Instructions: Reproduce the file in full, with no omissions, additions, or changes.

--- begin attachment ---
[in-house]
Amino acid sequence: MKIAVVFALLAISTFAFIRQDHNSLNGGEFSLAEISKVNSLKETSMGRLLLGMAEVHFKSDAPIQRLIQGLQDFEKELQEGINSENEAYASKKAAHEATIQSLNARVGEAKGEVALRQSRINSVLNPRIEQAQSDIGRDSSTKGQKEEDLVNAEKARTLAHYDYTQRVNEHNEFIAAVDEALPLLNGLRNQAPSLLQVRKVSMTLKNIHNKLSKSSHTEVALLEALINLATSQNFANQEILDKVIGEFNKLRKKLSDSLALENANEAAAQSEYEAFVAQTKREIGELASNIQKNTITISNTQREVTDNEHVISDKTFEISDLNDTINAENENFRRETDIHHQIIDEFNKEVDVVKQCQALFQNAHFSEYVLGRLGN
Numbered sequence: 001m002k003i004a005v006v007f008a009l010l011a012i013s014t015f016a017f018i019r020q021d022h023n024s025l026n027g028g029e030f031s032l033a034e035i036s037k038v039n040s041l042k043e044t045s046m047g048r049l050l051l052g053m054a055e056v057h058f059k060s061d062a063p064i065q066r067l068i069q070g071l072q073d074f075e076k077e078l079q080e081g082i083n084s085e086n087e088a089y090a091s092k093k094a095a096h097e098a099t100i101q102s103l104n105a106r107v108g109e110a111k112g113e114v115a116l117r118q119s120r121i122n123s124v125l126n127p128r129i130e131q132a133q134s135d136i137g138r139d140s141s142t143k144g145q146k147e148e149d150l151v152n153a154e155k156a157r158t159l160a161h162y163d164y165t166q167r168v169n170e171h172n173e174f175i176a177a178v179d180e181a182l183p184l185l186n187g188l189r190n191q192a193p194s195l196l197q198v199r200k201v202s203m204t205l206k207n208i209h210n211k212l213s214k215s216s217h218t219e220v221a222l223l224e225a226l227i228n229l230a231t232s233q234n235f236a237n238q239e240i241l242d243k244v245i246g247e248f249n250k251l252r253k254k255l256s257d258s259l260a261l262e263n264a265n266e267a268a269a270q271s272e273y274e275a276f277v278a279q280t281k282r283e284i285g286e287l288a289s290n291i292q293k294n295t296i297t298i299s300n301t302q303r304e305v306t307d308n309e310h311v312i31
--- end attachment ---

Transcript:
[in-house]
Amino acid sequence: MKIAVVFALLAISTFAFIRQDHNSLNGGEFSLAEISKVNSLKETSMGRLLLGMAEVHFKSDAPIQRLIQGLQDFEKELQEGINSENEAYASKKAAHEATIQSLNARVGEAKGEVALRQSRINSVLNPRIEQAQSDIGRDSSTKGQKEEDLVNAEKARTLAHYDYTQRVNEHNEFIAAVDEALPLLNGLRNQAPSLLQVRKVSMTLKNIHNKLSKSSHTEVALLEALINLATSQNFANQEILDKVIGEFNKLRKKLSDSLALENANEAAAQSEYEAFVAQTKREIGELASNIQKNTITISNTQREVTDNEHVISDKTFEISDLNDTINAENENFRRETDIHHQIIDEFNKEVDVVKQCQALFQNAHFSEYVLGRLGN
Numbered sequence: 001m002k003i004a005v006v007f008a009l010l011a012i013s014t015f016a017f018i019r020q021d022h023n024s025l026n027g028g029e030f031s032l033a034e035i036s037k038v039n040s041l042k043e044t045s046m047g048r049l050l051l052g053m054a055e056v057h058f059k060s061d062a063p064i065q066r067l068i069q070g071l072q073d074f075e076k077e078l079q080e081g082i083n084s085e086n087e088a089y090a091s092k093k094a095a096h097e098a099t100i101q102s103l104n105a106r107v108g109e110a111k112g113e114v115a116l117r118q119s120r121i122n123s124v125l126n127p128r129i130e131q132a133q134s135d136i137g138r139d140s141s142t143k144g145q146k147e148e149d150l151v152n153a154e155k156a157r158t159l160a161h162y163d164y165t166q167r168v169n170e171h172n173e174f175i176a177a178v179d180e181a182l183p184l185l186n187g188l189r190n191q192a193p194s195l196l197q198v199r200k201v202s203m204t205l206k207n208i209h210n211k212l213s214k215s216s217h218t219e220v221a222l223l224e225a226l227i228n229l230a231t232s233q234n235f236a237n238q239e240i241l242d243k244v245i246g247e248f249n250k251l252r253k254k255l256s257d258s259l260a261l262e263n264a265n266e267a268a269a270q271s272e273y274e275a276f277v278a279q280t281k282r283e284i285g286e287l288a289s290n291i292q293k294n295t296i297t298i299s300n301t302q303r304e305v306t307d308n309e310h311v312i31